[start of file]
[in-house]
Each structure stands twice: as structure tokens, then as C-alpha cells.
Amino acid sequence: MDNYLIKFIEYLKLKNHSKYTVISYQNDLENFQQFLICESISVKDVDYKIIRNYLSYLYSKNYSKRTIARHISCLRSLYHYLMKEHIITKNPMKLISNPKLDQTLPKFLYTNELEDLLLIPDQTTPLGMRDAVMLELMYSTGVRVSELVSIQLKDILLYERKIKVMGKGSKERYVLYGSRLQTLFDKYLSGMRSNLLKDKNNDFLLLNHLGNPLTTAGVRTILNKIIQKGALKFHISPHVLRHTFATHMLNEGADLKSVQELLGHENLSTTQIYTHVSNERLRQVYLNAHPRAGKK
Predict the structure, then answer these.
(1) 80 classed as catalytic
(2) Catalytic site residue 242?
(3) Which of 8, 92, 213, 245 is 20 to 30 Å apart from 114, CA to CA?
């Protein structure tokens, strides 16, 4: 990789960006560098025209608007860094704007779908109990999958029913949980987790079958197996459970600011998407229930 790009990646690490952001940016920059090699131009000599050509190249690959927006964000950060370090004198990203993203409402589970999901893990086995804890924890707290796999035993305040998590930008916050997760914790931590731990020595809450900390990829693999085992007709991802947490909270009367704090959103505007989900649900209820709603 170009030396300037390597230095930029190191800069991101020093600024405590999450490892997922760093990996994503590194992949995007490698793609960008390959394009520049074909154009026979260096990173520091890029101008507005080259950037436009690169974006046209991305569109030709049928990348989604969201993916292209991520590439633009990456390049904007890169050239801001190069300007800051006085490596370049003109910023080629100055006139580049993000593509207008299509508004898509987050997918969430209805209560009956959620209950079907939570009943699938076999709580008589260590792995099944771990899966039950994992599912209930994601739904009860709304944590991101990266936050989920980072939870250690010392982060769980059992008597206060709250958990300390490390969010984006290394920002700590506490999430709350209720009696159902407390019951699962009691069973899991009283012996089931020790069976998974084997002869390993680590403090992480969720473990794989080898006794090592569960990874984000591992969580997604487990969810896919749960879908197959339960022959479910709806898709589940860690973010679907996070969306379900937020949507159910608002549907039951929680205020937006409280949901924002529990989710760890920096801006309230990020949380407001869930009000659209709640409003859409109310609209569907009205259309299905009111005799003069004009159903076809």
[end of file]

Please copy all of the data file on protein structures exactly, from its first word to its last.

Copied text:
[in-house]
Each structure stands twice: as structure tokens, then as C-alpha cells.
Amino acid sequence: MDNYLIKFIEYLKLKNHSKYTVISYQNDLENFQQFLICESISVKDVDYKIIRNYLSYLYSKNYSKRTIARHISCLRSLYHYLMKEHIITKNPMKLISNPKLDQTLPKFLYTNELEDLLLIPDQTTPLGMRDAVMLELMYSTGVRVSELVSIQLKDILLYERKIKVMGKGSKERYVLYGSRLQTLFDKYLSGMRSNLLKDKNNDFLLLNHLGNPLTTAGVRTILNKIIQKGALKFHISPHVLRHTFATHMLNEGADLKSVQELLGHENLSTTQIYTHVSNERLRQVYLNAHPRAGKK
Predict the structure, then answer these.
(1) 80 classed as catalytic
(2) Catalytic site residue 242?
(3) Which of 8, 92, 213, 245 is 20 to 30 Å apart from 114, CA to CA?
């Protein structure tokens, strides 16, 4: 990789960006560098025209608007860094704007779908109990999958029913949980987790079958197996459970600011998407229930 790009990646690490952001940016920059090699131009000599050509190249690959927006964000950060370090004198990203993203409402589970999901893990086995804890924890707290796999035993305040998590930008916050997760914790931590731990020595809450900390990829693999085992007709991802947490909270009367704090959103505007989900649900209820709603 170009030396300037390597230095930029190191800069991101020093600024405590999450490892997922760093990996994503590194992949995007490698793609960008390959394009520049074909154009026979260096990173520091890029101008507005080259950037436009690169974006046209991305569109030709049928990348989604969201993916292209991520590439633009990456390049904007890169050239801001190069300007800051006085490596370049003109910023080629100055006139580049993000593509207008299509508004898509987050997918969430209805209560009956959620209950079907939570009943699938076999709580008589260590792995099944771990899966039950994992599912209930994601739904009860709304944590991101990266936050989920980072939870250690010392982060769980059992008597206060709250958990300390490390969010984006290394920002700590506490999430709350209720009696159902407390019951699962009691069973899991009283012996089931020790069976998974084997002869390993680590403090992480969720473990794989080898006794090592569960990874984000591992969580997604487990969810896919749960879908197959339960022959479910709806898709589940860690973010679907996070969306379900937020949507159910608002549907039951929680205020937006409280949901924002529990989710760890920096801006309230990020949380407001869930009000659209709640409003859409109310609209569907009205259309299905009111005799003069004009159903076809």